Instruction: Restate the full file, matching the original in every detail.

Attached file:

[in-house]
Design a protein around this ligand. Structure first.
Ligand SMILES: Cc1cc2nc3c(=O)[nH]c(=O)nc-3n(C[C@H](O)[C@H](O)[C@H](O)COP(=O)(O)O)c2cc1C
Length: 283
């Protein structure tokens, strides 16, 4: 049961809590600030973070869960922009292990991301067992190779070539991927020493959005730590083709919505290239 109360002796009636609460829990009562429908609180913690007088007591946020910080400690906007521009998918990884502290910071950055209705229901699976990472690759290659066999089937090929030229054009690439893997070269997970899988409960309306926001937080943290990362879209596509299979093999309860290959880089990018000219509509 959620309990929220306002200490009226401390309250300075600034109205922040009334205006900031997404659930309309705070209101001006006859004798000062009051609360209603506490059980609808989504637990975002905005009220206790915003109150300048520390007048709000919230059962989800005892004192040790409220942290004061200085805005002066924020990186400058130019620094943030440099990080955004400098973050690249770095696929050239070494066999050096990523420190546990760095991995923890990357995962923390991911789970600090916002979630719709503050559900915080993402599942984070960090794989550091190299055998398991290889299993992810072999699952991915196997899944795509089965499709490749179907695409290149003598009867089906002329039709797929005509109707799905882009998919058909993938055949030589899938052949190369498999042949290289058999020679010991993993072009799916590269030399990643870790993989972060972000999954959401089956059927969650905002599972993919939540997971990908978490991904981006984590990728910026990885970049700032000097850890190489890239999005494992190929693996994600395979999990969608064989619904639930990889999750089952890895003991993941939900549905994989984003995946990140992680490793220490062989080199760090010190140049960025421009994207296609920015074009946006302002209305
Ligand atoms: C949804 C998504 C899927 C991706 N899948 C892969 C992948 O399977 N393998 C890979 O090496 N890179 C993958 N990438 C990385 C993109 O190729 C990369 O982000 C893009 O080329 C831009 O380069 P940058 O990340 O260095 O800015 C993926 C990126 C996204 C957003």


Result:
[in-house]
Design a protein around this ligand. Structure first.
Ligand SMILES: Cc1cc2nc3c(=O)[nH]c(=O)nc-3n(C[C@H](O)[C@H](O)[C@H](O)COP(=O)(O)O)c2cc1C
Length: 283
């Protein structure tokens, strides 16, 4: 049961809590600030973070869960922009292990991301067992190779070539991927020493959005730590083709919505290239 109360002796009636609460829990009562429908609180913690007088007591946020910080400690906007521009998918990884502290910071950055209705229901699976990472690759290659066999089937090929030229054009690439893997070269997970899988409960309306926001937080943290990362879209596509299979093999309860290959880089990018000219509509 959620309990929220306002200490009226401390309250300075600034109205922040009334205006900031997404659930309309705070209101001006006859004798000062009051609360209603506490059980609808989504637990975002905005009220206790915003109150300048520390007048709000919230059962989800005892004192040790409220942290004061200085805005002066924020990186400058130019620094943030440099990080955004400098973050690249770095696929050239070494066999050096990523420190546990760095991995923890990357995962923390991911789970600090916002979630719709503050559900915080993402599942984070960090794989550091190299055998398991290889299993992810072999699952991915196997899944795509089965499709490749179907695409290149003598009867089906002329039709797929005509109707799905882009998919058909993938055949030589899938052949190369498999042949290289058999020679010991993993072009799916590269030399990643870790993989972060972000999954959401089956059927969650905002599972993919939540997971990908978490991904981006984590990728910026990885970049700032000097850890190489890239999005494992190929693996994600395979999990969608064989619904639930990889999750089952890895003991993941939900549905994989984003995946990140992680490793220490062989080199760090010190140049960025421009994207296609920015074009946006302002209305
Ligand atoms: C949804 C998504 C899927 C991706 N899948 C892969 C992948 O399977 N393998 C890979 O090496 N890179 C993958 N990438 C990385 C993109 O190729 C990369 O982000 C893009 O080329 C831009 O380069 P940058 O990340 O260095 O800015 C993926 C990126 C996204 C957003």